- Chemical receptors in the nose and tongue
- Secreting cells in the glands
- Muscle cells
- Different internal organs
The connection between the sensory system and the central nervous system is shown in figure 1.
The brain receives information about the five senses (seeing, smelling, taste, touch, and hearing) from the sensory organs.
The changes in the internal organs are also detected by various types of internal receptors known as interoceptors. Peripheral chemoreceptors (detect the chemical changes in the blood), nociceptors (detect damaging stimuli), and stretch receptors (detect increase in blood pressure in the aorta and carotid artery and filled bladder with urine) are some of the interoceptors.
Proprioceptors are found in muscles, tendons, and joints and determine the position and movement of structures.
The sensory information received by the brain are processed and transmitted in the form of voluntary responses to the somatic system of the body. This transmission occurs through the somatic nervous system, a part of the peripheral nervous system, exerting the voluntary movements of the body. The somatic system consists of skeletal muscles that are controlled consciously. The skeletal muscles are innervated by both afferent and efferent nerves. The sensory information is transmitted to the body through the afferent nerves, and the processed information is transmitted to the skeletal muscles through efferent nerves. Various functional areas of the brain are shown in figure 2.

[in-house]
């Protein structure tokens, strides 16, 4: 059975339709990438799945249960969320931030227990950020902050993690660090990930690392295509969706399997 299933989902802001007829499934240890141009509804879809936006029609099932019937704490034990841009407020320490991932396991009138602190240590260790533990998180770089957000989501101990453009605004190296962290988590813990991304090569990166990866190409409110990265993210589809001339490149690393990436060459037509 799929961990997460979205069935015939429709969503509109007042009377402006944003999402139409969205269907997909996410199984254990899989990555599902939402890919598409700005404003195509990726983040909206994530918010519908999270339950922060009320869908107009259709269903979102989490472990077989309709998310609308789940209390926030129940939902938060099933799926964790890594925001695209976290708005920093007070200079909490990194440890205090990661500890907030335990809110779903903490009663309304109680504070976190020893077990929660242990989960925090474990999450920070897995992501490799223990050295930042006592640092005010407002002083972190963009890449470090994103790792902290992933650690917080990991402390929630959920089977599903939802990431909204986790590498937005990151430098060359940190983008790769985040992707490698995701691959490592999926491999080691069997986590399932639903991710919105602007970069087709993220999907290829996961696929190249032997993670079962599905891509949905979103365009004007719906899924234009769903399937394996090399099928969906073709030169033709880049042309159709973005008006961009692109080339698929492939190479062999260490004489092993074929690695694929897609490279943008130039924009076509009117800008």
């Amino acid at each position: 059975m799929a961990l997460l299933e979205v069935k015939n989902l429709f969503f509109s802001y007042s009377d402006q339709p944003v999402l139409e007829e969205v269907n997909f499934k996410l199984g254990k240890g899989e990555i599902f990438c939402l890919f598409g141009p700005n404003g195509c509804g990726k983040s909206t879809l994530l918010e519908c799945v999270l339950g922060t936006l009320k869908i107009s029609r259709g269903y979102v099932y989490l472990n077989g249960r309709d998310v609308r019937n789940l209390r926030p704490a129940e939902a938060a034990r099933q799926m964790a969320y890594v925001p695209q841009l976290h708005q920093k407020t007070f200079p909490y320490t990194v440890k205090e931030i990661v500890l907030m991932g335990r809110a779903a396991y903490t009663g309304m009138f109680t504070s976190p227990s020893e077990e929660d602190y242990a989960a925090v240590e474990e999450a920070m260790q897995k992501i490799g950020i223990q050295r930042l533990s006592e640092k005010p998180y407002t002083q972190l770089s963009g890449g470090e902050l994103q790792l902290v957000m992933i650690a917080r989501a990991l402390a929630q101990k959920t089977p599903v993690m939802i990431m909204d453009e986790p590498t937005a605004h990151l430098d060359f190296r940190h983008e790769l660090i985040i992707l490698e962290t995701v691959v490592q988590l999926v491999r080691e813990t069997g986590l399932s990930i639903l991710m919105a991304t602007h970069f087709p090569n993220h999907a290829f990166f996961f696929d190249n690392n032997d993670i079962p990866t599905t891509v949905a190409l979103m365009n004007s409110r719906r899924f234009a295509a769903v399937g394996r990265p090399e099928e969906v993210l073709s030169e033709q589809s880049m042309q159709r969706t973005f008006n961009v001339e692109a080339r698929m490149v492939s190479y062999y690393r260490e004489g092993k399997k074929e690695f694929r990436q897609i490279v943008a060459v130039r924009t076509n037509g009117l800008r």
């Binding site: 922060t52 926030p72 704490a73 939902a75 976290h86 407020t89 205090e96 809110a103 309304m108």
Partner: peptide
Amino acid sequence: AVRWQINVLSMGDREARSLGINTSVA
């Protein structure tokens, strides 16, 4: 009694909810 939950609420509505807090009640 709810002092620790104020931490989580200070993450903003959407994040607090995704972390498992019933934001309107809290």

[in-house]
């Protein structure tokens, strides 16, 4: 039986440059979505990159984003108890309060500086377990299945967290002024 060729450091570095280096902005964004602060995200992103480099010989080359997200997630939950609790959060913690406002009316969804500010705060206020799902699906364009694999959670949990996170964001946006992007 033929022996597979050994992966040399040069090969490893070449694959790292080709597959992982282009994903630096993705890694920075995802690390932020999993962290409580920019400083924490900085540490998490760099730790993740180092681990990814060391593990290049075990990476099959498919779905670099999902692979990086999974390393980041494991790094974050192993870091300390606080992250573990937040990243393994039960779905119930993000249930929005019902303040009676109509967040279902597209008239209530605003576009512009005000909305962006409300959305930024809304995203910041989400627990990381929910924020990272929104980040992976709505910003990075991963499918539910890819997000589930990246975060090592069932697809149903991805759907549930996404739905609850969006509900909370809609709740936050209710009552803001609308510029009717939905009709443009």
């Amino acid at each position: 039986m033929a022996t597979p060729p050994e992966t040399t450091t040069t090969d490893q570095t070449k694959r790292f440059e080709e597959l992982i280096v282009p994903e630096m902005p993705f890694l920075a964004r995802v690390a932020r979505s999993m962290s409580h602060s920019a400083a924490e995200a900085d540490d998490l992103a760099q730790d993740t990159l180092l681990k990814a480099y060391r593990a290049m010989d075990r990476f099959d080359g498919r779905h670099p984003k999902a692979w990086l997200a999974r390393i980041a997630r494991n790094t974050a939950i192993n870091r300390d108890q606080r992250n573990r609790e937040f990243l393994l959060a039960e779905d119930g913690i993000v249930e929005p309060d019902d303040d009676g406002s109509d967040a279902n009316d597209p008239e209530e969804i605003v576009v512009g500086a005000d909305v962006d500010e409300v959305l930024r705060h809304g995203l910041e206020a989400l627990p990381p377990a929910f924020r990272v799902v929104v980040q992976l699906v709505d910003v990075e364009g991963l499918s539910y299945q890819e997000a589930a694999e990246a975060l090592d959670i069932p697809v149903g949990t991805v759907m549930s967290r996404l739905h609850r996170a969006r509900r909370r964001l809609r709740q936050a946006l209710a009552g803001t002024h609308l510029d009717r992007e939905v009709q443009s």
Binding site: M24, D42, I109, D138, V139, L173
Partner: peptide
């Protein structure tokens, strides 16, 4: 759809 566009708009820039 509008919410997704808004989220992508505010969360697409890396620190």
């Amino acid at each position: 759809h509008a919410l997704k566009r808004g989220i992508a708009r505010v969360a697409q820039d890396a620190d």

The autonomic nervous system, the other part of the peripheral nervous system, unconsciously control the functions of the internal organs. It innervates the smooth muscles, glands, and internal organs. This system controls functions such as heart rate, breathing, digestion, urination, etc. The functions of the autonomic nervous system are shown in figure 3.
The two divisions of the autonomic nervous system are sympathetic nervous system and parasympathetic nervous system. The sympathetic nervous system promotes flight-or-fight response while parasympathetic nervous system promotes rest-and-digest response.
The nervous system controls the functions of the entire body through the central nervous system. The peripheral nervous system is involved in the transmission of nerve impulses between the central nervous system and the body. Primarily, nervous system deals with three types of body systems, while coordinating the functions of the body. They are sensory organs, somatic systems, and autonomic systems. The nervous system receives information from the sensory organs, and the processed information is transmitted to the somatic and autonomic systems.
1.“Types of Receptors.” Anatomy & Physiology; Nervous System, Available here.
2.“Somatic system.” Nature News, Nature Publishing Group, Available here.
3.“How does the nervous system work?” National Center for Biotechnology Information, U.S. National Library of Medicine, 19 Aug. 2016, Available here.